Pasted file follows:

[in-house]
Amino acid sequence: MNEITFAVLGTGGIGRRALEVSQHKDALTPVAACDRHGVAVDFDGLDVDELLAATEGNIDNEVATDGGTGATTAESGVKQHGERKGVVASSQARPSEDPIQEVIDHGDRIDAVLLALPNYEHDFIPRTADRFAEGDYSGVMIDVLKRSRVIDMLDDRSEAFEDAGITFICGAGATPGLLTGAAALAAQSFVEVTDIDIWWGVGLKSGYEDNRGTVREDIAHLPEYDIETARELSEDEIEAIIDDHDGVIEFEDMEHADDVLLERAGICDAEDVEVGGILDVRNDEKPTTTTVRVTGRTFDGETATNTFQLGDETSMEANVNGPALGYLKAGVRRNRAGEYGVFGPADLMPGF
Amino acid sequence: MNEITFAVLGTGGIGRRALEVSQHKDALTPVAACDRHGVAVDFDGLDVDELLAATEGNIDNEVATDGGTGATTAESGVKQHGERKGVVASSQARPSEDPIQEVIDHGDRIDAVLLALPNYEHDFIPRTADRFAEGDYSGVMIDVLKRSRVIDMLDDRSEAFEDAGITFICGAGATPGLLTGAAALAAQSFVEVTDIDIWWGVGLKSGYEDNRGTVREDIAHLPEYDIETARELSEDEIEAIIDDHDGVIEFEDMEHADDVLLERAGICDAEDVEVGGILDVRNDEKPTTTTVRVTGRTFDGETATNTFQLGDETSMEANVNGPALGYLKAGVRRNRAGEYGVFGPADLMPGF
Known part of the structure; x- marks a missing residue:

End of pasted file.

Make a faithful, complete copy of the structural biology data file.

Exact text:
[in-house]
Amino acid sequence: MNEITFAVLGTGGIGRRALEVSQHKDALTPVAACDRHGVAVDFDGLDVDELLAATEGNIDNEVATDGGTGATTAESGVKQHGERKGVVASSQARPSEDPIQEVIDHGDRIDAVLLALPNYEHDFIPRTADRFAEGDYSGVMIDVLKRSRVIDMLDDRSEAFEDAGITFICGAGATPGLLTGAAALAAQSFVEVTDIDIWWGVGLKSGYEDNRGTVREDIAHLPEYDIETARELSEDEIEAIIDDHDGVIEFEDMEHADDVLLERAGICDAEDVEVGGILDVRNDEKPTTTTVRVTGRTFDGETATNTFQLGDETSMEANVNGPALGYLKAGVRRNRAGEYGVFGPADLMPGF
Amino acid sequence: MNEITFAVLGTGGIGRRALEVSQHKDALTPVAACDRHGVAVDFDGLDVDELLAATEGNIDNEVATDGGTGATTAESGVKQHGERKGVVASSQARPSEDPIQEVIDHGDRIDAVLLALPNYEHDFIPRTADRFAEGDYSGVMIDVLKRSRVIDMLDDRSEAFEDAGITFICGAGATPGLLTGAAALAAQSFVEVTDIDIWWGVGLKSGYEDNRGTVREDIAHLPEYDIETARELSEDEIEAIIDDHDGVIEFEDMEHADDVLLERAGICDAEDVEVGGILDVRNDEKPTTTTVRVTGRTFDGETATNTFQLGDETSMEANVNGPALGYLKAGVRRNRAGEYGVFGPADLMPGF
Known part of the structure; x- marks a missing residue: